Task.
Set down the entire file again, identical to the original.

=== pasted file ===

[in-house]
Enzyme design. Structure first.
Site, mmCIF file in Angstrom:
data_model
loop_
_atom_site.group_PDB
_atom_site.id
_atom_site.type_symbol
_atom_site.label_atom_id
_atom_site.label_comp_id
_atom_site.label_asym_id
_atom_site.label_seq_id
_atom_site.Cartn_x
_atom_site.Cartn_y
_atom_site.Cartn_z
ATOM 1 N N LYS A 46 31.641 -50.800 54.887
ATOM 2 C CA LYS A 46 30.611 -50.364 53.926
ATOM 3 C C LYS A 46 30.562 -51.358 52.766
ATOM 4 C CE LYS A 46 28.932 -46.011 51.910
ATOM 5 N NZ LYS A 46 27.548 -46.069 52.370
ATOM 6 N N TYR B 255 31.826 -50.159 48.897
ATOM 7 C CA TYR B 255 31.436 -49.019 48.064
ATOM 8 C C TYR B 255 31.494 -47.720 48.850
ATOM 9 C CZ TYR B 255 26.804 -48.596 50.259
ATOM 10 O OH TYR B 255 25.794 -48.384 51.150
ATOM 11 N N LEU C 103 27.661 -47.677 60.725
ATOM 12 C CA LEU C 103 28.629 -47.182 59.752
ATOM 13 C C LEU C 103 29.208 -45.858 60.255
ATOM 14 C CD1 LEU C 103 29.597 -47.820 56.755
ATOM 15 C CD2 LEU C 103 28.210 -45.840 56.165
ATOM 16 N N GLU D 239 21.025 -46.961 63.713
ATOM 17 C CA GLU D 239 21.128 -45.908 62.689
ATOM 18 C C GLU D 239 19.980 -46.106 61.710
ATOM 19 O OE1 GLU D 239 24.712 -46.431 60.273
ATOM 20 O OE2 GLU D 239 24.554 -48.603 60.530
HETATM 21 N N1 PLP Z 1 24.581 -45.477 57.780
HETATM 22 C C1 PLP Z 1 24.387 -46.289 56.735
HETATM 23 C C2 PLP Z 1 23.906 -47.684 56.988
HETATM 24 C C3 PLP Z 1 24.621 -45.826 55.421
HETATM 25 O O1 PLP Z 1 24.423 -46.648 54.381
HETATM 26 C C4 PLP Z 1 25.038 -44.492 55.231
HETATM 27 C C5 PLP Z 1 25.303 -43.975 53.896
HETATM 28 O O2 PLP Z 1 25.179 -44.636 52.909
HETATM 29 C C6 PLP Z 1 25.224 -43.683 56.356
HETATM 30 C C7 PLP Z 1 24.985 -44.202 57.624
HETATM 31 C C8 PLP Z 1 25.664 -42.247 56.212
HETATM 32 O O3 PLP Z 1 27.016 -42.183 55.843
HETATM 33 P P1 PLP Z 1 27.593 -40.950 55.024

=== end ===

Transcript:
[in-house]
Enzyme design. Structure first.
Site, mmCIF file in Angstrom:
data_model
loop_
_atom_site.group_PDB
_atom_site.id
_atom_site.type_symbol
_atom_site.label_atom_id
_atom_site.label_comp_id
_atom_site.label_asym_id
_atom_site.label_seq_id
_atom_site.Cartn_x
_atom_site.Cartn_y
_atom_site.Cartn_z
ATOM 1 N N LYS A 46 31.641 -50.800 54.887
ATOM 2 C CA LYS A 46 30.611 -50.364 53.926
ATOM 3 C C LYS A 46 30.562 -51.358 52.766
ATOM 4 C CE LYS A 46 28.932 -46.011 51.910
ATOM 5 N NZ LYS A 46 27.548 -46.069 52.370
ATOM 6 N N TYR B 255 31.826 -50.159 48.897
ATOM 7 C CA TYR B 255 31.436 -49.019 48.064
ATOM 8 C C TYR B 255 31.494 -47.720 48.850
ATOM 9 C CZ TYR B 255 26.804 -48.596 50.259
ATOM 10 O OH TYR B 255 25.794 -48.384 51.150
ATOM 11 N N LEU C 103 27.661 -47.677 60.725
ATOM 12 C CA LEU C 103 28.629 -47.182 59.752
ATOM 13 C C LEU C 103 29.208 -45.858 60.255
ATOM 14 C CD1 LEU C 103 29.597 -47.820 56.755
ATOM 15 C CD2 LEU C 103 28.210 -45.840 56.165
ATOM 16 N N GLU D 239 21.025 -46.961 63.713
ATOM 17 C CA GLU D 239 21.128 -45.908 62.689
ATOM 18 C C GLU D 239 19.980 -46.106 61.710
ATOM 19 O OE1 GLU D 239 24.712 -46.431 60.273
ATOM 20 O OE2 GLU D 239 24.554 -48.603 60.530
HETATM 21 N N1 PLP Z 1 24.581 -45.477 57.780
HETATM 22 C C1 PLP Z 1 24.387 -46.289 56.735
HETATM 23 C C2 PLP Z 1 23.906 -47.684 56.988
HETATM 24 C C3 PLP Z 1 24.621 -45.826 55.421
HETATM 25 O O1 PLP Z 1 24.423 -46.648 54.381
HETATM 26 C C4 PLP Z 1 25.038 -44.492 55.231
HETATM 27 C C5 PLP Z 1 25.303 -43.975 53.896
HETATM 28 O O2 PLP Z 1 25.179 -44.636 52.909
HETATM 29 C C6 PLP Z 1 25.224 -43.683 56.356
HETATM 30 C C7 PLP Z 1 24.985 -44.202 57.624
HETATM 31 C C8 PLP Z 1 25.664 -42.247 56.212
HETATM 32 O O3 PLP Z 1 27.016 -42.183 55.843
HETATM 33 P P1 PLP Z 1 27.593 -40.950 55.024